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English definition of “start”

start

verb
 
 
/stɑːt/
BEGIN DOING [I, T] A1 to begin doing something: [+ doing sth] He started smoking when he was eighteen. [+ to do sth] Maria started to laugh. We start work at nine o'clock.Starting and beginningStarting again
BEGIN HAPPENING [I, T] B1 to begin to happen or to make something begin to happen: The programme starts at seven o'clock. Police believe the fire started in the kitchen.Starting and beginningStarting againCausing things to happen
BUSINESS [I, T] (also start up) B2 If a business, organization, etc starts, it begins to exist, and if you start it, you make it begin to exist: She started her own computer business. A lot of new restaurants have started up in the area.Starting, succeeding and failing in business
CAR [I, T] (also start up) B2 If a car or engine starts, it begins to work, and if you start it, you make it begin to work: The car won't start. Start up the engine.Starting and beginningStarting againFunctioningPerforming a function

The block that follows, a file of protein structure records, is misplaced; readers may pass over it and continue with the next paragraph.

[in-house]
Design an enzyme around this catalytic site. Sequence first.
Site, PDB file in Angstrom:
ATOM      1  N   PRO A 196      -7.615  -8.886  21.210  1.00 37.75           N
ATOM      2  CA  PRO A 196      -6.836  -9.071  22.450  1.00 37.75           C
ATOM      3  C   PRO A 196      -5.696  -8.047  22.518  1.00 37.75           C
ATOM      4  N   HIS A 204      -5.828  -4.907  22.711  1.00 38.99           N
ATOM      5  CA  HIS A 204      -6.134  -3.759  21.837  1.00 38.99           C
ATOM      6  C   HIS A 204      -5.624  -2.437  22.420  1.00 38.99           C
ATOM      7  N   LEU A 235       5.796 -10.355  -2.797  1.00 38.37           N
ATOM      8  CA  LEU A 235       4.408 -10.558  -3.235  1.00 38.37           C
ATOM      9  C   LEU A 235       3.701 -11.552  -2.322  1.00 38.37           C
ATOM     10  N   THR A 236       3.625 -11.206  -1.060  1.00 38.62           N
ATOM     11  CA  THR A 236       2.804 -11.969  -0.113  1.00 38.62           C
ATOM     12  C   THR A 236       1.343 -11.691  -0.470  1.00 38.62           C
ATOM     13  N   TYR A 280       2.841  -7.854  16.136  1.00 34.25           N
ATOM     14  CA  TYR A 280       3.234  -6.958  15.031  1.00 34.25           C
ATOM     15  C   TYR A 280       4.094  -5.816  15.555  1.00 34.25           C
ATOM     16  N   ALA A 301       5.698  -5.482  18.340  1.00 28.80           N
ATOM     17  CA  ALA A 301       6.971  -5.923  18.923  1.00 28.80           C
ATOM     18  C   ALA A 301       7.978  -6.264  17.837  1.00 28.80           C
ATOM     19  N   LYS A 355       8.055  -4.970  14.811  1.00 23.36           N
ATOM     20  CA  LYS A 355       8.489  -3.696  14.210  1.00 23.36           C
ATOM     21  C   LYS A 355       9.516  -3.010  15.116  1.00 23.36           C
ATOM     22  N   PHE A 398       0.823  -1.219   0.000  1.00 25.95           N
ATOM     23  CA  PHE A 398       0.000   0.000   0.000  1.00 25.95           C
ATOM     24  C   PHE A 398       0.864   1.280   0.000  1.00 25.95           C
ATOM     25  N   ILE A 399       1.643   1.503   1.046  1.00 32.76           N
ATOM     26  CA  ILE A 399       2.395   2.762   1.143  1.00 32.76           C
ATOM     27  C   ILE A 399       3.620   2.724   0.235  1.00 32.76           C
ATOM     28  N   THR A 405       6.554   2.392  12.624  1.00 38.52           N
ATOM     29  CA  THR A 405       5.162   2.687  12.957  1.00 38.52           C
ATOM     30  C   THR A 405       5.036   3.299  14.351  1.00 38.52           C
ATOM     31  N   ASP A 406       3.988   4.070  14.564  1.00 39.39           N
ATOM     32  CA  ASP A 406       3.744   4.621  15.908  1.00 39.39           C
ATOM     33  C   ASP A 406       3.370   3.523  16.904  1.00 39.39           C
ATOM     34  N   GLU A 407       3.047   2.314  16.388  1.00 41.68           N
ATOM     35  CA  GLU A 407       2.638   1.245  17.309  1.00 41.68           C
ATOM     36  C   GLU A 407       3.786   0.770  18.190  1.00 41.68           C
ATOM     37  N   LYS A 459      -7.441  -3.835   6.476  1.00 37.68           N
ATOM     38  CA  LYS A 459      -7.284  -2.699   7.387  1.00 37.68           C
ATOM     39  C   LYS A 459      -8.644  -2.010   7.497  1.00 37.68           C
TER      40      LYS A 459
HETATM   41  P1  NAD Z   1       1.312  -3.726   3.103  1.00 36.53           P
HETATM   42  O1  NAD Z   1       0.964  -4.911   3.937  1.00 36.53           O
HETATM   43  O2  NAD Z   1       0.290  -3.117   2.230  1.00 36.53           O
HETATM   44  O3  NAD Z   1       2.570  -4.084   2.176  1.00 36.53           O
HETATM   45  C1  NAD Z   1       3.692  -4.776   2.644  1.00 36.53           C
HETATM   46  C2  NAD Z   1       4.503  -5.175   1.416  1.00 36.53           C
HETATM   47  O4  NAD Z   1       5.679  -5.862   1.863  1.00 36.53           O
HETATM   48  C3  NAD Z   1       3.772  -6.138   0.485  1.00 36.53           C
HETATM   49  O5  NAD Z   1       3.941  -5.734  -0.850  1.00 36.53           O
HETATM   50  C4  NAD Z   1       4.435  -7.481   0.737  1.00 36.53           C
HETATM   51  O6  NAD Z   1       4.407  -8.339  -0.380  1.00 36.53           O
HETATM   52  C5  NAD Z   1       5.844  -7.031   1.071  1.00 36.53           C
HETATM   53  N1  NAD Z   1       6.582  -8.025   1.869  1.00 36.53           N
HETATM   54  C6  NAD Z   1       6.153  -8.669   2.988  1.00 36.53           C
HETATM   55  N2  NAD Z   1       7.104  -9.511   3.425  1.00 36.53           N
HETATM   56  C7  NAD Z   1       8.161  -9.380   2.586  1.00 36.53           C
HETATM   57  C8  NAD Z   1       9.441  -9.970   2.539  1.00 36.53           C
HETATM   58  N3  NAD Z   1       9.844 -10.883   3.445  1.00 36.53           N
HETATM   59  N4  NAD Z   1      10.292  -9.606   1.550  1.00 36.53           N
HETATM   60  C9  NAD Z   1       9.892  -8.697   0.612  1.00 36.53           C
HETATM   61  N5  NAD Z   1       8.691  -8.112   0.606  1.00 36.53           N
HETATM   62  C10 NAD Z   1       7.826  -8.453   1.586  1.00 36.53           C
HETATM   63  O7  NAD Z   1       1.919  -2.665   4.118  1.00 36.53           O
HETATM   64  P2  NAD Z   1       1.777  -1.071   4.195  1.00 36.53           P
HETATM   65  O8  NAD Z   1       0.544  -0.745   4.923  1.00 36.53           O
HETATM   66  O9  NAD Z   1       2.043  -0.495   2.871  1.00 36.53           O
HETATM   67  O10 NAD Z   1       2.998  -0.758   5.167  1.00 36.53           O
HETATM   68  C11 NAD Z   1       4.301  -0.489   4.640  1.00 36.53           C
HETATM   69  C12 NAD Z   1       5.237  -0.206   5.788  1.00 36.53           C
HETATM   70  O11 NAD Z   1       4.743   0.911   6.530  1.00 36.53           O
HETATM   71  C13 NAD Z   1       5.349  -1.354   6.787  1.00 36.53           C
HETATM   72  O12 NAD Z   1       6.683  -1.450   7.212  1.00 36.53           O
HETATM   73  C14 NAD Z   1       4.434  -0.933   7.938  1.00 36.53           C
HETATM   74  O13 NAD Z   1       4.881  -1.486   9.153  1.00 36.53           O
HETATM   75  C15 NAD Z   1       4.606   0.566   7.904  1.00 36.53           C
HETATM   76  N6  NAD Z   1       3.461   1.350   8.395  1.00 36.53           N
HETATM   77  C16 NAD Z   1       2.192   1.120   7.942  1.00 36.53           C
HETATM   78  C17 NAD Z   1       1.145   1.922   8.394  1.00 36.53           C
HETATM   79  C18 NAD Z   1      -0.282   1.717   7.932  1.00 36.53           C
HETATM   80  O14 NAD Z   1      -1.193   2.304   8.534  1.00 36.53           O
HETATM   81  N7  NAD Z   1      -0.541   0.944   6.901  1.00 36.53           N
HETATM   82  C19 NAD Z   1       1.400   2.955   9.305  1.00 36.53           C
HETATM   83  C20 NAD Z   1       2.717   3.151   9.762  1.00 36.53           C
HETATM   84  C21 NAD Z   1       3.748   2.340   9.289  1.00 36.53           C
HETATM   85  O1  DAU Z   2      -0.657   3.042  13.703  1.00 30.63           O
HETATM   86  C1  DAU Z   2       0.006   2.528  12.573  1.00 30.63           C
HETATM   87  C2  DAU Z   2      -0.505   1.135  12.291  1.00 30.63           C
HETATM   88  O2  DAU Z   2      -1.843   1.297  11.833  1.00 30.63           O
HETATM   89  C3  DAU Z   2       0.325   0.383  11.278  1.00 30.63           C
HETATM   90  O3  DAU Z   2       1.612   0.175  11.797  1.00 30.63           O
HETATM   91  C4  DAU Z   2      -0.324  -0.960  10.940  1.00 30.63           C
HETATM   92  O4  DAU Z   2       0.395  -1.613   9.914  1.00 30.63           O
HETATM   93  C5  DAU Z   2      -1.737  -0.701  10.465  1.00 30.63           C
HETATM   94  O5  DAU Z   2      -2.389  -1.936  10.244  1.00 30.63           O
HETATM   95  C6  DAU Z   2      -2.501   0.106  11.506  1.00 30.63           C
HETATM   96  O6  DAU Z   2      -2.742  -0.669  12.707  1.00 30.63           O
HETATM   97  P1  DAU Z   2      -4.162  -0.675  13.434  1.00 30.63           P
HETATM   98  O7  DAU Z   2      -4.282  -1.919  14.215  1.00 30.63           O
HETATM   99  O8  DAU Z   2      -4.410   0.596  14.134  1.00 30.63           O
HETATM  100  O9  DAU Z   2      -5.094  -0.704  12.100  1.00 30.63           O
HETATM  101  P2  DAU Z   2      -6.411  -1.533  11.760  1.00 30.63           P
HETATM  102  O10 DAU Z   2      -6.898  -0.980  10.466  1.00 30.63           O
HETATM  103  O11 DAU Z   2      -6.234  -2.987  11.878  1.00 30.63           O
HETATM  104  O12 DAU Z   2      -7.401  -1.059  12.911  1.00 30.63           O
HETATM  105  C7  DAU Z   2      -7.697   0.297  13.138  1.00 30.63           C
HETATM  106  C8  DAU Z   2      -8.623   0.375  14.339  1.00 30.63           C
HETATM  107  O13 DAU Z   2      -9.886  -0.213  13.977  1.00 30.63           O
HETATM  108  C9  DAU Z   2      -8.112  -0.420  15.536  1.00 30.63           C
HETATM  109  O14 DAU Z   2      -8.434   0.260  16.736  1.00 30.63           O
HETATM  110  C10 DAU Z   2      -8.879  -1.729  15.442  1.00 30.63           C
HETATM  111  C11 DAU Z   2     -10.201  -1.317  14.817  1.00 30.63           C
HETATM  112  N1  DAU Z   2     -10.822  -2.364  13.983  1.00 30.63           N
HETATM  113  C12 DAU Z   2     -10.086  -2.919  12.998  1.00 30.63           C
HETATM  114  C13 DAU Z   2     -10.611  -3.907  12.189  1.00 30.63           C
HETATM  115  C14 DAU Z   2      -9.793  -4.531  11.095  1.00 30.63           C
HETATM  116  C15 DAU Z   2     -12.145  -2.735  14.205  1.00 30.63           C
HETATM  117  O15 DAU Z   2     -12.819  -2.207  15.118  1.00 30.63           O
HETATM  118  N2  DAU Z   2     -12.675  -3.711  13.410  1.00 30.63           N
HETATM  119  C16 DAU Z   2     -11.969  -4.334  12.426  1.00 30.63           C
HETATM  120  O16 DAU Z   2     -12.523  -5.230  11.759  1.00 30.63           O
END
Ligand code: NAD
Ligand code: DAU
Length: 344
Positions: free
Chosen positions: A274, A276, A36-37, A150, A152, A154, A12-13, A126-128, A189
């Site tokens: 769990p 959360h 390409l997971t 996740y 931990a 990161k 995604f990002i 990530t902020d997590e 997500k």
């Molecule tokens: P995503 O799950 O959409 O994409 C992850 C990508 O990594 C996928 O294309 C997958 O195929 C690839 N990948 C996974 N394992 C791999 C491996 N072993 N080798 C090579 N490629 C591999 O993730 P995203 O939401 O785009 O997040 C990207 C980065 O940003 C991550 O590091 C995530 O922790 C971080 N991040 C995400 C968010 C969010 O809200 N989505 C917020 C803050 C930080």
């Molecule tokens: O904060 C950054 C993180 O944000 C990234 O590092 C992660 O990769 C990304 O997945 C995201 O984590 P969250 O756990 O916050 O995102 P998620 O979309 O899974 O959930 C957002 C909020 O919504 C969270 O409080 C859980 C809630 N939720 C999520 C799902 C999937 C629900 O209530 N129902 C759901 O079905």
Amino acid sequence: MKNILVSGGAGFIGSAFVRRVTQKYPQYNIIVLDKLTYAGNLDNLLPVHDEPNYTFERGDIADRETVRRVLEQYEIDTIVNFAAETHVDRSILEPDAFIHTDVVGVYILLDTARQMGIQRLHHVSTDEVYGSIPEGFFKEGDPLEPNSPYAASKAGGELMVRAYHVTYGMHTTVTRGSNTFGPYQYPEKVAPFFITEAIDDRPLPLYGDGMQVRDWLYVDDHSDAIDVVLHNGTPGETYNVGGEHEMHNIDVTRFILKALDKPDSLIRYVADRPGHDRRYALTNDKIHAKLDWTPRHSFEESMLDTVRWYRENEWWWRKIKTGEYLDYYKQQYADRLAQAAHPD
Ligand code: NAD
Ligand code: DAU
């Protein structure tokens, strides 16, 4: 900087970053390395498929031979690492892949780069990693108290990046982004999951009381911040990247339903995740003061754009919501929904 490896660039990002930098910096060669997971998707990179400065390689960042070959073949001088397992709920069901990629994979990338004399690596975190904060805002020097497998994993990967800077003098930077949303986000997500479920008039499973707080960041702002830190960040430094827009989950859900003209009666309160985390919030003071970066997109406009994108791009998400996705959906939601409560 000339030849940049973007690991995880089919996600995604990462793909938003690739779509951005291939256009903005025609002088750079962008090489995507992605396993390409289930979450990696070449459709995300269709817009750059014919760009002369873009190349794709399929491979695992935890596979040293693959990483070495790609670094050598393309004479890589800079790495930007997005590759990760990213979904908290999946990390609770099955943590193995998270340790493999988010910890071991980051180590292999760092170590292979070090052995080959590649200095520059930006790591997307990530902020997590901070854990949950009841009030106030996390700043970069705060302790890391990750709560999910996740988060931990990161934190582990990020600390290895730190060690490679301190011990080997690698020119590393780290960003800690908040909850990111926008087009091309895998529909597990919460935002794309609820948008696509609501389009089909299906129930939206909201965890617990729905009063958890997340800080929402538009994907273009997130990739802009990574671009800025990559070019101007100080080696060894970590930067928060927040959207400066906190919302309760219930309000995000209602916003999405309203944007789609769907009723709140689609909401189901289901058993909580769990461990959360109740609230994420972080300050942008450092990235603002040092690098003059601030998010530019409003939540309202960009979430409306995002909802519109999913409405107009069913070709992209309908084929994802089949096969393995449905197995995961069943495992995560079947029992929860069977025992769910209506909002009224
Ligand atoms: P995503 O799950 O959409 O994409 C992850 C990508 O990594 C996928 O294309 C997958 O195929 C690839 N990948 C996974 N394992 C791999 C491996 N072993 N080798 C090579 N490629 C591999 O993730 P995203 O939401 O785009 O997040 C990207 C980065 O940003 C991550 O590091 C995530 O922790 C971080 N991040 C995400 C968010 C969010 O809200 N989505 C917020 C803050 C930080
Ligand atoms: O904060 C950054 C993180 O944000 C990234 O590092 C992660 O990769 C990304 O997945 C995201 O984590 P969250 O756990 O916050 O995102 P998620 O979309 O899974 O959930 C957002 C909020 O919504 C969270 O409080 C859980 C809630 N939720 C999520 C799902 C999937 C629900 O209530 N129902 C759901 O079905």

to start with used to talk about what a situation was like at the beginning before it changed: I was happy at school to start with, but later I hated it.Starting and beginningStarting again used before saying the first thing in a list of things: To start with, we need better computers. Then we need more training.First and firstly
MOVE SUDDENLY [I] to move suddenly because you are frightened or surprised → See also set/start the ball rolling, get/start off on the wrong footMaking short, sudden movements
(Definition of start verb from the Cambridge Learners Dictionary © Cambridge University Press)
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